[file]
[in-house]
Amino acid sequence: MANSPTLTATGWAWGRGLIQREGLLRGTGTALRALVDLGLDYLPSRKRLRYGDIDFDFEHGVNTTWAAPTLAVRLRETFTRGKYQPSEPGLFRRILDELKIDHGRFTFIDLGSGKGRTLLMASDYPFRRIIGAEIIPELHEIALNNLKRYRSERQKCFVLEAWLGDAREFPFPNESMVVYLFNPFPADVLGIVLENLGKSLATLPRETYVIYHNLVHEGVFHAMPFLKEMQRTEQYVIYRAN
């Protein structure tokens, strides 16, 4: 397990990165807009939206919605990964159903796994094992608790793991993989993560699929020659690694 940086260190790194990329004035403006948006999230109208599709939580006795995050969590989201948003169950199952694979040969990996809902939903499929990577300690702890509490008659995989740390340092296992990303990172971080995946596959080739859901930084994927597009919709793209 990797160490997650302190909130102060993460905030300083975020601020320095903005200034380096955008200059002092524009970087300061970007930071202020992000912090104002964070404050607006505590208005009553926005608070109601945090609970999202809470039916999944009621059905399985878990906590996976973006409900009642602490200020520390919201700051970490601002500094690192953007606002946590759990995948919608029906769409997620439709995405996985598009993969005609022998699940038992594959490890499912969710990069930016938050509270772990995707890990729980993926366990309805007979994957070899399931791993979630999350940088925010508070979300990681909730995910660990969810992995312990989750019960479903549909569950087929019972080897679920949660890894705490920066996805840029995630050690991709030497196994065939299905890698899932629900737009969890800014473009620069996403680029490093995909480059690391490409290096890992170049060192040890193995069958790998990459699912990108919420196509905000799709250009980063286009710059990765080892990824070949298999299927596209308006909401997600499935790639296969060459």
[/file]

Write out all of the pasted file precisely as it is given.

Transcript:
[in-house]
Amino acid sequence: MANSPTLTATGWAWGRGLIQREGLLRGTGTALRALVDLGLDYLPSRKRLRYGDIDFDFEHGVNTTWAAPTLAVRLRETFTRGKYQPSEPGLFRRILDELKIDHGRFTFIDLGSGKGRTLLMASDYPFRRIIGAEIIPELHEIALNNLKRYRSERQKCFVLEAWLGDAREFPFPNESMVVYLFNPFPADVLGIVLENLGKSLATLPRETYVIYHNLVHEGVFHAMPFLKEMQRTEQYVIYRAN
């Protein structure tokens, strides 16, 4: 397990990165807009939206919605990964159903796994094992608790793991993989993560699929020659690694 940086260190790194990329004035403006948006999230109208599709939580006795995050969590989201948003169950199952694979040969990996809902939903499929990577300690702890509490008659995989740390340092296992990303990172971080995946596959080739859901930084994927597009919709793209 990797160490997650302190909130102060993460905030300083975020601020320095903005200034380096955008200059002092524009970087300061970007930071202020992000912090104002964070404050607006505590208005009553926005608070109601945090609970999202809470039916999944009621059905399985878990906590996976973006409900009642602490200020520390919201700051970490601002500094690192953007606002946590759990995948919608029906769409997620439709995405996985598009993969005609022998699940038992594959490890499912969710990069930016938050509270772990995707890990729980993926366990309805007979994957070899399931791993979630999350940088925010508070979300990681909730995910660990969810992995312990989750019960479903549909569950087929019972080897679920949660890894705490920066996805840029995630050690991709030497196994065939299905890698899932629900737009969890800014473009620069996403680029490093995909480059690391490409290096890992170049060192040890193995069958790998990459699912990108919420196509905000799709250009980063286009710059990765080892990824070949298999299927596209308006909401997600499935790639296969060459």